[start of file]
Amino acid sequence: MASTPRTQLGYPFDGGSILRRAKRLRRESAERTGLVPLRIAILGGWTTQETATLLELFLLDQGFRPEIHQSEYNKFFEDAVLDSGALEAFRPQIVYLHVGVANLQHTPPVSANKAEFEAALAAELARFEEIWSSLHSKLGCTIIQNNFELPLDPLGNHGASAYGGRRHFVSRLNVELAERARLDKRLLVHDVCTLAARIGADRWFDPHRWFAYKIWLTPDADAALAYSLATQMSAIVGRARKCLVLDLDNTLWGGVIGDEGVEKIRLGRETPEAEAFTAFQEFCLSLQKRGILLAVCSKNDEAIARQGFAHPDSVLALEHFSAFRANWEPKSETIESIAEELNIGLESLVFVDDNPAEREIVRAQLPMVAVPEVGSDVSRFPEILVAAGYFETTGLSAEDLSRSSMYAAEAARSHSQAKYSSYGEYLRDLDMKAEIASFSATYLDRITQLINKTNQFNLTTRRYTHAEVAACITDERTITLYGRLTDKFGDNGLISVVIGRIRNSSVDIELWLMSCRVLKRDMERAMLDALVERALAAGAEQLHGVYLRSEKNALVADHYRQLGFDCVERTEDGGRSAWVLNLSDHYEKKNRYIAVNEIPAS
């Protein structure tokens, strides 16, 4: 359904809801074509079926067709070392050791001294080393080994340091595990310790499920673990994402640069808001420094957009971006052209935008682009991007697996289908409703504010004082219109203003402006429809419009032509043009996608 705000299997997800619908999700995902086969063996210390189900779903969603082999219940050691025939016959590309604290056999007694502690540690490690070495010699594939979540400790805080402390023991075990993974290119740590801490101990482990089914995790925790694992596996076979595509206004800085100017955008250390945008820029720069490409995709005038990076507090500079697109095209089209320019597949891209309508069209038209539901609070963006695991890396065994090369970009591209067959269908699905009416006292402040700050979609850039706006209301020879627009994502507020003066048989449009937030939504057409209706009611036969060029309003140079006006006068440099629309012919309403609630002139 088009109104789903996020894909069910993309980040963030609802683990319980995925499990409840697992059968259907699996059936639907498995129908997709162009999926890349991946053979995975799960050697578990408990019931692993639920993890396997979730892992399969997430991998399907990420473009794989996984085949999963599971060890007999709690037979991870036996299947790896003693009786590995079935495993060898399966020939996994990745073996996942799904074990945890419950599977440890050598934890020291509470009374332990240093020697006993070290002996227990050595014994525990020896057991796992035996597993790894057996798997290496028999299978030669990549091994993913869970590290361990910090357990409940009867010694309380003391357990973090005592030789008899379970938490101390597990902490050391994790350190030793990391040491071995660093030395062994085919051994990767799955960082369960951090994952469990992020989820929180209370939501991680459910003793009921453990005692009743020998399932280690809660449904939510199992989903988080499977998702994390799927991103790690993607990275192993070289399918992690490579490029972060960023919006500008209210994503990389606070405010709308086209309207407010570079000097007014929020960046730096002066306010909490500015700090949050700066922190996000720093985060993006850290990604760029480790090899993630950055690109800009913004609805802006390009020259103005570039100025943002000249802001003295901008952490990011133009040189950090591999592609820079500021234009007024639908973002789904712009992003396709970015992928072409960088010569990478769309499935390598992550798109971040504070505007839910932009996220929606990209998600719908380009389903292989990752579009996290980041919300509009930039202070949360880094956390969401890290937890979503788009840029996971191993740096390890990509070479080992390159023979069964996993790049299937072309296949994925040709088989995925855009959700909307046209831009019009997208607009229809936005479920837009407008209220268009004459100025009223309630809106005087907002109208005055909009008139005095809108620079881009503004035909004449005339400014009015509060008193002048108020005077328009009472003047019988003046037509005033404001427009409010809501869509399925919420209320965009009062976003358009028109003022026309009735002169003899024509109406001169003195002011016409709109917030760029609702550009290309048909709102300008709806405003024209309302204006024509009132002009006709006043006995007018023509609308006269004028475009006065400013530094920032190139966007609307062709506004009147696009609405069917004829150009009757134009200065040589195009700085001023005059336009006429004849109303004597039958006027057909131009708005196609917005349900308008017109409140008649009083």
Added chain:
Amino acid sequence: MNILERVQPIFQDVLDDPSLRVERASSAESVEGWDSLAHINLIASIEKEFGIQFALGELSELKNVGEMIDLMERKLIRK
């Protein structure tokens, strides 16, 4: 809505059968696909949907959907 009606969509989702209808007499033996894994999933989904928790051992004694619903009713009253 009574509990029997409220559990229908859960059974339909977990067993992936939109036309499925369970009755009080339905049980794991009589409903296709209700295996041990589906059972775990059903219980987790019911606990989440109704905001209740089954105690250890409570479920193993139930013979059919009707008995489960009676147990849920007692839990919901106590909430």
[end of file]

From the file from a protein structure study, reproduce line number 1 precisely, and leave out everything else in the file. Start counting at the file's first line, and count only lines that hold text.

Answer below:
Amino acid sequence: MASTPRTQLGYPFDGGSILRRAKRLRRESAERTGLVPLRIAILGGWTTQETATLLELFLLDQGFRPEIHQSEYNKFFEDAVLDSGALEAFRPQIVYLHVGVANLQHTPPVSANKAEFEAALAAELARFEEIWSSLHSKLGCTIIQNNFELPLDPLGNHGASAYGGRRHFVSRLNVELAERARLDKRLLVHDVCTLAARIGADRWFDPHRWFAYKIWLTPDADAALAYSLATQMSAIVGRARKCLVLDLDNTLWGGVIGDEGVEKIRLGRETPEAEAFTAFQEFCLSLQKRGILLAVCSKNDEAIARQGFAHPDSVLALEHFSAFRANWEPKSETIESIAEELNIGLESLVFVDDNPAEREIVRAQLPMVAVPEVGSDVSRFPEILVAAGYFETTGLSAEDLSRSSMYAAEAARSHSQAKYSSYGEYLRDLDMKAEIASFSATYLDRITQLINKTNQFNLTTRRYTHAEVAACITDERTITLYGRLTDKFGDNGLISVVIGRIRNSSVDIELWLMSCRVLKRDMERAMLDALVERALAAGAEQLHGVYLRSEKNALVADHYRQLGFDCVERTEDGGRSAWVLNLSDHYEKKNRYIAVNEIPAS